Pa. rehab study looks at firefighter cooling devices
By Jess Eagle
ALLEGHENY COUNTY, Pa. — After putting out a fire in a burning building tomorrow, groups of firefighters from across the county will sit in lawn chairs, put on special vests and get into air-conditioned cars.
They will be participating in a study of cooling equipment designed to reduce the risk of sudden cardiac arrests, the leading cause of death in firefighters nationwide.
The study, done by UPMC, will send groups of three or four participating firefighters into the Allegheny County Fire Academy's "Burn Building," which often is set ablaze for training simulations. After they put out the fire, participants will cool down using one of three techniques, known as rehabilitation.
David Hostler, one of the three UPMC doctors conducting the study, described the first technique as "a lawn chair you would bring to a soccer game," but with hollowed out spaces in the chair's arms for bags of water, which cool the forearms.
The next is a vest with piping that pumps water from a cooler into the tubing sewn into the vest. It is also used by NASCAR drivers to keep their body temperatures down during races.
The last technique, known as natural cooling, simply has participants sit or stand in air-conditioned vehicles.
Dr. Hostler, an assistant professor of emergency medicine at the University of Pittsburgh and director of the Emergency Responder Human Performance Lab, said most firefighters who experience cardiac arrest from overheating do so in the hours after putting out a fire.
Leaving a scene, most firefighters have body temperatures of 100 degrees or more. Dr. Hostler has seen some reach more than 103 degrees.
"It's not rare for people in their 20s and 30s to experience cardiac arrest with this job."
Though some fire departments in the area already use one of the three techniques, most use fans, Dr. Hostler said. And while fans work on cool days, they can be dangerous on hot days, actually raising a person's body temperature.
The Mt. Lebanon Fire Department uses both misting fans and the chairs with arm cooling. Chief Nicholas Sohyda said their procedures are rare for Allegheny County because they follow the National Fire Protection Association's standards.
"There's a lot of opinions, and I'm not exactly sure whose are the best," Chief Sohyda said. "There's even discussions whether you should drink cold water or room temperature water."
The department has two to four chairs, he said, and they only use them about once a month in the summer.
"We don't particularly go to that many fires here. They could probably use [the chairs] daily in the city of Pittsburgh, though," he said.
Under NFPA standards, firefighters must stay in a rehabilitation tent until their vital signs and blood pressure indicate that they are cool enough to continue. The NFPA also suggests annual physicals and stress tests, which the Mt. Lebanon department follows.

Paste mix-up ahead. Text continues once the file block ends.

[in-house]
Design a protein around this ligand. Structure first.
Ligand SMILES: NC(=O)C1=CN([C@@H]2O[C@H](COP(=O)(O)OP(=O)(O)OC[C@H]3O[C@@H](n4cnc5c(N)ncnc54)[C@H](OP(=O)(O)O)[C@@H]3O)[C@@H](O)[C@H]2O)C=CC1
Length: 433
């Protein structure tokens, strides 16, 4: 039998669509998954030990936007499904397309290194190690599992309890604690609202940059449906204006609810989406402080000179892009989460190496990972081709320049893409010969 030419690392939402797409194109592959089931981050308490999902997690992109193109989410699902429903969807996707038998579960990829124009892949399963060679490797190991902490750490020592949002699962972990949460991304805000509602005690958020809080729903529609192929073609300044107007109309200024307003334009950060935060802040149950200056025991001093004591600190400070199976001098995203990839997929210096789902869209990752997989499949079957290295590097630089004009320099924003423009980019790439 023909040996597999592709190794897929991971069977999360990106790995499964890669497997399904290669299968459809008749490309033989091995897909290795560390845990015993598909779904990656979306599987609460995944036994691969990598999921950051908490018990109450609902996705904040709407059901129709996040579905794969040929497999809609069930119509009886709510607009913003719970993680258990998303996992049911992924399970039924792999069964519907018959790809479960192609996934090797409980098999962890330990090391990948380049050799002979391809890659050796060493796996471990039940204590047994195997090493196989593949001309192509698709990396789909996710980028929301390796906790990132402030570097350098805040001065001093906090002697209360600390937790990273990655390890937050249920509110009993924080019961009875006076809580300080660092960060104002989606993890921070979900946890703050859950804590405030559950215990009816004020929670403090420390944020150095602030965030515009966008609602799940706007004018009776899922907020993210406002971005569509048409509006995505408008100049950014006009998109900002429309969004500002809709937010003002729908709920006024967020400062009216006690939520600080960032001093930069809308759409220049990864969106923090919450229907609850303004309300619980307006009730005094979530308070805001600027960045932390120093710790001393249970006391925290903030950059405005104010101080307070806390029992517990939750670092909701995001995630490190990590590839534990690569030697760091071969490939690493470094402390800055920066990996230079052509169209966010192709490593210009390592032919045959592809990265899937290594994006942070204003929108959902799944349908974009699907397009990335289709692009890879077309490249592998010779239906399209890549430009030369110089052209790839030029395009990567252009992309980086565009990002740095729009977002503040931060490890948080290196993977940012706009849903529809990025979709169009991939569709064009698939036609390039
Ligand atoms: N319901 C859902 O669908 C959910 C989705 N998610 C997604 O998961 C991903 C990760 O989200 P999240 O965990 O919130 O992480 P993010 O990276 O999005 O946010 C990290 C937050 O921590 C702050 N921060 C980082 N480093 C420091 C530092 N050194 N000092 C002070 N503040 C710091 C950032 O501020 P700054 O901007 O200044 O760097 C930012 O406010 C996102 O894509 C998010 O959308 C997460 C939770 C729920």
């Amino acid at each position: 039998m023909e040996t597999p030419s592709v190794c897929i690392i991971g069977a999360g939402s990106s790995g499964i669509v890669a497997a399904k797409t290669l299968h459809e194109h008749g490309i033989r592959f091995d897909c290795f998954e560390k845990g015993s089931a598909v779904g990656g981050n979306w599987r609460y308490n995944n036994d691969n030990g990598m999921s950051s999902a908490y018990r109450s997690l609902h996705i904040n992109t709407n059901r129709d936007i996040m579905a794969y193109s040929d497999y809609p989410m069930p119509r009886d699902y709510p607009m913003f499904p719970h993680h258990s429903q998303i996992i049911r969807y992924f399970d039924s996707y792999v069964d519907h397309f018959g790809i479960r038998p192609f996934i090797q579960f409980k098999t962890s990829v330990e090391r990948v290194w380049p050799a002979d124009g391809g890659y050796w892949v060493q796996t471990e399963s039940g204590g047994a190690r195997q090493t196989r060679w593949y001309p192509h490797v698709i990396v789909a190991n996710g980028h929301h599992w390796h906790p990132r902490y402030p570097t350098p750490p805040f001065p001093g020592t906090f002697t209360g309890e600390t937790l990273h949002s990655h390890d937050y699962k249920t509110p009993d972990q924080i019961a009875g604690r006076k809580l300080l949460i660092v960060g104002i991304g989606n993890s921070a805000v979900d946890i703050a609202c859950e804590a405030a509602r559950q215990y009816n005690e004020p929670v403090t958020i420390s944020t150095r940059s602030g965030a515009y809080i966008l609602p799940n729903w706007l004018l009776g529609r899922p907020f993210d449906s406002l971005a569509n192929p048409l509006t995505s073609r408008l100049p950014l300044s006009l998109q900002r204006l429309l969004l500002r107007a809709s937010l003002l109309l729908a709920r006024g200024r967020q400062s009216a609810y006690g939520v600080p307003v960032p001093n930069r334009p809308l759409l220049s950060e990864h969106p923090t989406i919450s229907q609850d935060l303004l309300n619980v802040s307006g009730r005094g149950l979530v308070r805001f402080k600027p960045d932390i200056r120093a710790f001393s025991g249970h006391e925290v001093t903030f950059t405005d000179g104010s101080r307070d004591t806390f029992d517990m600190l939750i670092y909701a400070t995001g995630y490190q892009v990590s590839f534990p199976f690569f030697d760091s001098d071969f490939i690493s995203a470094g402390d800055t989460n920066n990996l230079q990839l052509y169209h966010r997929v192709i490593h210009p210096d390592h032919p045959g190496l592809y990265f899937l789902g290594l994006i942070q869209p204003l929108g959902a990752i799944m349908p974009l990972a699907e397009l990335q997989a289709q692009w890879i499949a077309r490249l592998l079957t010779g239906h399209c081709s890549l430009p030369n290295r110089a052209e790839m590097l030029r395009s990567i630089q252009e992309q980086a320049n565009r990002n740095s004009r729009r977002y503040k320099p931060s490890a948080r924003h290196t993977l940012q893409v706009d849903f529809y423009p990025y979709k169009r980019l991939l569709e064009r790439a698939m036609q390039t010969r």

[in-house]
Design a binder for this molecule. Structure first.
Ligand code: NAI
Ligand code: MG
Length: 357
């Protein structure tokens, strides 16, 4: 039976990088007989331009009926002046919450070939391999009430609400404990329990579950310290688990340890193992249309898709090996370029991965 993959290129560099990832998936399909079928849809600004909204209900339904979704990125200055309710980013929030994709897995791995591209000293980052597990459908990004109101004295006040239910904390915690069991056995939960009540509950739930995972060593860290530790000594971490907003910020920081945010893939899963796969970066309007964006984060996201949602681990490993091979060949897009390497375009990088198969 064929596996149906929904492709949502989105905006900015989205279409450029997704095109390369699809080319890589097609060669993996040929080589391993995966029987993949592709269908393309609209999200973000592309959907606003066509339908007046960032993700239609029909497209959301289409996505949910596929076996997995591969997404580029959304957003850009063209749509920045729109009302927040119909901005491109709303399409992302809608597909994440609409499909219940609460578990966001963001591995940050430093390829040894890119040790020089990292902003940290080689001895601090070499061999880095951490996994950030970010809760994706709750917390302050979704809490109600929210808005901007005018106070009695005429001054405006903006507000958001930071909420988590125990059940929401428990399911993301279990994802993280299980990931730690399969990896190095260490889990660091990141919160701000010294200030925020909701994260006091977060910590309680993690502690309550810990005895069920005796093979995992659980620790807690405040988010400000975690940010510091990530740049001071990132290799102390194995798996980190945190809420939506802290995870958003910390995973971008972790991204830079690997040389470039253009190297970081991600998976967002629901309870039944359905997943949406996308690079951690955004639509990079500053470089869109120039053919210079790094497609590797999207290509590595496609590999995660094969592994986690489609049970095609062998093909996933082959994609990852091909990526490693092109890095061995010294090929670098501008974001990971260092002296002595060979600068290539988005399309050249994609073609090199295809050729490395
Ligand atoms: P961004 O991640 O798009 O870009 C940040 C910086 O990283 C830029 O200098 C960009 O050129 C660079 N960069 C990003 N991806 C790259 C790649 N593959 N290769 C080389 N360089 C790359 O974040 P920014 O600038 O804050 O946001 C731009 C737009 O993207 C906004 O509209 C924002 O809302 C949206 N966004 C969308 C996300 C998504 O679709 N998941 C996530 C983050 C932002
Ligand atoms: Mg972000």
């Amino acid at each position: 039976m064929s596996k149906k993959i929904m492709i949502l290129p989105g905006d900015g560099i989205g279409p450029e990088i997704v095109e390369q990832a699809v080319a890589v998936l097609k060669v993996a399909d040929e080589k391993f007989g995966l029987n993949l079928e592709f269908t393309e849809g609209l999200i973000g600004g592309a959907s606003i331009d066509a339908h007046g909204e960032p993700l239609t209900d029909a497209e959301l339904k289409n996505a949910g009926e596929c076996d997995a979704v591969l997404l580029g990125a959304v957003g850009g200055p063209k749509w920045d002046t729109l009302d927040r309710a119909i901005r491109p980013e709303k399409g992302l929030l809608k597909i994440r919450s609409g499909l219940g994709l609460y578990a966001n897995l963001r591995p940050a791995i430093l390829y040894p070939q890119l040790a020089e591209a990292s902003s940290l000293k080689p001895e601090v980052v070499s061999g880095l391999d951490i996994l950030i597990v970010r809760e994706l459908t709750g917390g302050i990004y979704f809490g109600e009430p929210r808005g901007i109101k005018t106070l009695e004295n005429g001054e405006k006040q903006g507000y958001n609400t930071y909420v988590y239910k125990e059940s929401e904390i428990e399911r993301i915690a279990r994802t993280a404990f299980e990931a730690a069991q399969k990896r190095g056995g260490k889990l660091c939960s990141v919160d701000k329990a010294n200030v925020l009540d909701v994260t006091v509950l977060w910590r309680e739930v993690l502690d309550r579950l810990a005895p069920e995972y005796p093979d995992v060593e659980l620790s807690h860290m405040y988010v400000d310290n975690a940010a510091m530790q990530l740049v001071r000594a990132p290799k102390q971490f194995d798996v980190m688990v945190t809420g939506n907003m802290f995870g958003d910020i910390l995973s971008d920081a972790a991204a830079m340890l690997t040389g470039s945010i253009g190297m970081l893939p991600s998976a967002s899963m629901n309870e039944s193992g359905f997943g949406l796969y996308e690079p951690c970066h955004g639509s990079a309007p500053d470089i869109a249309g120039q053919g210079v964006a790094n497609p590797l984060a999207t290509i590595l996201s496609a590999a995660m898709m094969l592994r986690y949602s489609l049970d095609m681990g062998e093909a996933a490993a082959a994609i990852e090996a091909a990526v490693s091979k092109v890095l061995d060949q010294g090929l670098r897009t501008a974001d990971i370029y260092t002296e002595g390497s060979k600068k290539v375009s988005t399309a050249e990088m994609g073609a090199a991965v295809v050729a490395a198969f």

Firefighters in the county are required only to have a physical every two years, said Bob Full, chief of Allegheny County emergency services.
He added that he would like to see more departments adopting NFPA standards. The reason that some don't is the same reason that some are skeptical of new rehabilitation procedures.
"There's no downside except that it requires additional manpower. I would certainly like to see it implemented, but it really comes down to the individual departments," Chief Full said. "I know how noble and gallant they are, but at the same time, we have an aging work force in fire service."
Dr. Hostler has been a volunteer firefighter for more than 20 years. He currently volunteers at the Guyasuta Fire Department in O'Hara and has known friends in other departments who have died of cardiac arrest after leaving a scene.
"This is hard field to get money for," he said. "It's important to firefighters, but to other people it's not."
Tomorrow's simulation is the final phase of the doctors' two-year study. There is only one other academic study that has produced literature in the world, Dr. Hostler said. That study, done in Toronto, Canada, focused on firefighters' body temperatures on hot days only.
"There are no good guidance documents. ... We don't know which technique is superior over the other," Dr. Hostler said.
About 20 firefighters had signed up to participate in the study as of late last week, but Dr. Hostler said they're still recruiting more.
"I'm really looking forward to seeing the results," Chief Full said. "We will actually have solid information to make those informed policy and procedure changes down the road."
Once the study is done, the doctors hope their results, which will be posted for free online, will help fire departments across the country and even the world.
"If that rehab becomes more regimented in fire service, hopefully we can save lives," Dr. Hostler said.
Copyright 2009 P.G. Publishing Co.
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